We turned out attention to another technology pioneered by Energy Conversion Devices, hydride storage of hydrogen. Stempel pointed out that one of ECD cofounder Stanford Ovshinsky's early discoveries was a way to store hydrogen in metal hydride materials. He explained that hydrides are simply combinations of metallic elements with the hydrogen atom inside. No one was quite sure what to do with the discovery in 1980, so the company went on to use the technology to develop a high energy density battery with a hydrid electrode.

"We simply keep the hydrogen in the battery, moving it between the negative and positive electrodes, charge, discharge and it's captured, if you will, inside."

"Well, the hydride storage can also be designed such that you can release the hydrogen to be the fuel for a fuel cell or the fuel for an internal combustion engine when you run on pure hydrogen," he continued. "What we've done is develop a system now where the battery contains about two percent hydrogen by weight. We now have a hydride that will hold seven percent by weight and what that means is that for every hundred grams of hydride we have seven grams of hydrogen captured. At that size we do very well in terms of what we can hold for mileage on a hydrogen storage system."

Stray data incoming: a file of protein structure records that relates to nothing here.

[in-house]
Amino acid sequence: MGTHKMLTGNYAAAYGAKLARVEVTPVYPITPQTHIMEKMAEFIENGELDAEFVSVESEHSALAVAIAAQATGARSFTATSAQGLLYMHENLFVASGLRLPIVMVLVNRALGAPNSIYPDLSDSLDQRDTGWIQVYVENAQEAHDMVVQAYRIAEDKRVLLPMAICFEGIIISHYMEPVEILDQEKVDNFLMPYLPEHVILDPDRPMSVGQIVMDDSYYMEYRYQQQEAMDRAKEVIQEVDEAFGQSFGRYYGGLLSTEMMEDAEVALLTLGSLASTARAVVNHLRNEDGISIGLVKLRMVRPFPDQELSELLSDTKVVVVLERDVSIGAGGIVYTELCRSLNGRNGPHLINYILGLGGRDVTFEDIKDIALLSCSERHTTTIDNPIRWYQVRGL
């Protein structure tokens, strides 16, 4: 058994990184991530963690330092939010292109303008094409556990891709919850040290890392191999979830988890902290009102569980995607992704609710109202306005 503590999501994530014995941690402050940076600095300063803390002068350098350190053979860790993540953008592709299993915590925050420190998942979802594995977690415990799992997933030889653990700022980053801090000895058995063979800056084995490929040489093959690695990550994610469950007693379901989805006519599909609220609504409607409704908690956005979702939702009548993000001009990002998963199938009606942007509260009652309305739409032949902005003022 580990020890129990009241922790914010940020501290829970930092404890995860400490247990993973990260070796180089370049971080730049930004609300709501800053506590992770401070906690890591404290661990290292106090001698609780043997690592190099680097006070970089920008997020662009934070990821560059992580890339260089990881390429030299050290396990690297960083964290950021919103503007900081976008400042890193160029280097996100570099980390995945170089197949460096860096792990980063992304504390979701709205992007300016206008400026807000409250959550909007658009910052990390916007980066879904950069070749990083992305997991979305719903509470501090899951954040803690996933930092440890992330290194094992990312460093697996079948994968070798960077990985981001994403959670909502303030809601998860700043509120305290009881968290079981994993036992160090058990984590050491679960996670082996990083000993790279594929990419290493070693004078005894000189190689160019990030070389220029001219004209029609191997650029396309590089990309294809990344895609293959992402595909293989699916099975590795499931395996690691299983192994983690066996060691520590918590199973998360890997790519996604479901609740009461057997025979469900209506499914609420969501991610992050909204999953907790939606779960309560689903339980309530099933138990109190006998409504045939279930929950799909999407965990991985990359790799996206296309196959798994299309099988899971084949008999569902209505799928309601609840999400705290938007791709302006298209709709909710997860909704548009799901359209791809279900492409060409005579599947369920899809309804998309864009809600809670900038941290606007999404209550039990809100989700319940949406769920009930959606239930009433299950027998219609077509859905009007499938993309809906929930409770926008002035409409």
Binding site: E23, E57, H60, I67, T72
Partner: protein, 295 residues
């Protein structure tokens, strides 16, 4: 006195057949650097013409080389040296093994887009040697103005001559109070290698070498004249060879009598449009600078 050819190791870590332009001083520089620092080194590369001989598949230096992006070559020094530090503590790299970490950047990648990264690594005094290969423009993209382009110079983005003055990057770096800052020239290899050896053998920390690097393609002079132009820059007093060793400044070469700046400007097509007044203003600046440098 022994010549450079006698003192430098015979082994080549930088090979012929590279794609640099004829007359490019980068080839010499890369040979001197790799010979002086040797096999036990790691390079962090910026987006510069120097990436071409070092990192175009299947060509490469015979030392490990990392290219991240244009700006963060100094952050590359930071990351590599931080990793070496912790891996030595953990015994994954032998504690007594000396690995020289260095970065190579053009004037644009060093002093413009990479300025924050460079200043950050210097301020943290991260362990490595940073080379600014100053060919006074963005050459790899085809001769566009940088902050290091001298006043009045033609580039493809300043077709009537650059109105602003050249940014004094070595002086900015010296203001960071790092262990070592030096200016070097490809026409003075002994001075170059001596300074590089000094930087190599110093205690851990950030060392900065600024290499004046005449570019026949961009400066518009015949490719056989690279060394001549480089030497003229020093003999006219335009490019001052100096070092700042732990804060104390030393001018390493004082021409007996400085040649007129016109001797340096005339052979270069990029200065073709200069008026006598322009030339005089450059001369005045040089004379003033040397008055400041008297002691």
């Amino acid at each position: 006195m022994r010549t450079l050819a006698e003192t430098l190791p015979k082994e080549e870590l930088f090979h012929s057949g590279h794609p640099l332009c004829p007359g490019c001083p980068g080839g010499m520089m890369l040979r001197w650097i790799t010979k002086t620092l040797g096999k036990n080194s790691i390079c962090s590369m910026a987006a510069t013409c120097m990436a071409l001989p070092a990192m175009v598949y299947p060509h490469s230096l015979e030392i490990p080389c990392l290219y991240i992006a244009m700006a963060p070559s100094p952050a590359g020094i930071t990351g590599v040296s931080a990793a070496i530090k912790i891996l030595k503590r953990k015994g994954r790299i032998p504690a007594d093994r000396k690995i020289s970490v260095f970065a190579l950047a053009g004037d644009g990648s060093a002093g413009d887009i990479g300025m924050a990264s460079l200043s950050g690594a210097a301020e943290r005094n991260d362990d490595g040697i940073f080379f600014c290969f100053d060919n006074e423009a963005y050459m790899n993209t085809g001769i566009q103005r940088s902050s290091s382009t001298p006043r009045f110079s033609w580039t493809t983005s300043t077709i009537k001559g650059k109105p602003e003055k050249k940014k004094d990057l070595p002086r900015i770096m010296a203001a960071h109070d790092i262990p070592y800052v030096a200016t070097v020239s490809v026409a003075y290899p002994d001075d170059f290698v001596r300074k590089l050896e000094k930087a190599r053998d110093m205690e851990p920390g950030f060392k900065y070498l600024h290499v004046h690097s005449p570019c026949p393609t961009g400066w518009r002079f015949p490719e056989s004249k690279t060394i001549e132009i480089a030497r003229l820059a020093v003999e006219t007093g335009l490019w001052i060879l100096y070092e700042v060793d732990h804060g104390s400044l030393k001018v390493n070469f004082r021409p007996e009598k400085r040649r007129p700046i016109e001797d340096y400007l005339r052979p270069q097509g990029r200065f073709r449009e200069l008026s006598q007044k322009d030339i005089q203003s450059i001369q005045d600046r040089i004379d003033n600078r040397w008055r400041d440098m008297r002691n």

To put this in practical terms, Stempel explained that Ford's fuel cell vehicle uses compressed hydrogen at 5,000 psi. For every liter of storage volume, the tank holds a mere 31 grams of hydrogen. BMW's cryogenic hydrogen system uses liquid-hydrogen at -250 degrees C. For each liter of volume, their system stores 71 grams of hydrogen. By contrast, ECD's metal hydride system can capture 100 grams of hydrogen per liter volume. This will allow "fuel" tanks of the future to be smaller than they might otherwise have to be. A tank approximately the size of the gas tank in a Ford Taurus will take a fuel cell vehicle 300 miles and a hydrogen-burning internal combustion engine 350 miles.

Another breakthrough with ECD's hydride storage technology is its rapid refueling time. Stempel remarked that critics have for years said that magnesium-based hydride might be great for storing hydrogen, but that it would take hours to refuel. ECD's scientists and engineers have developed technology to solve this problem. Stempel said that they are now able to charge their system to 80% capacity in just five minutes time.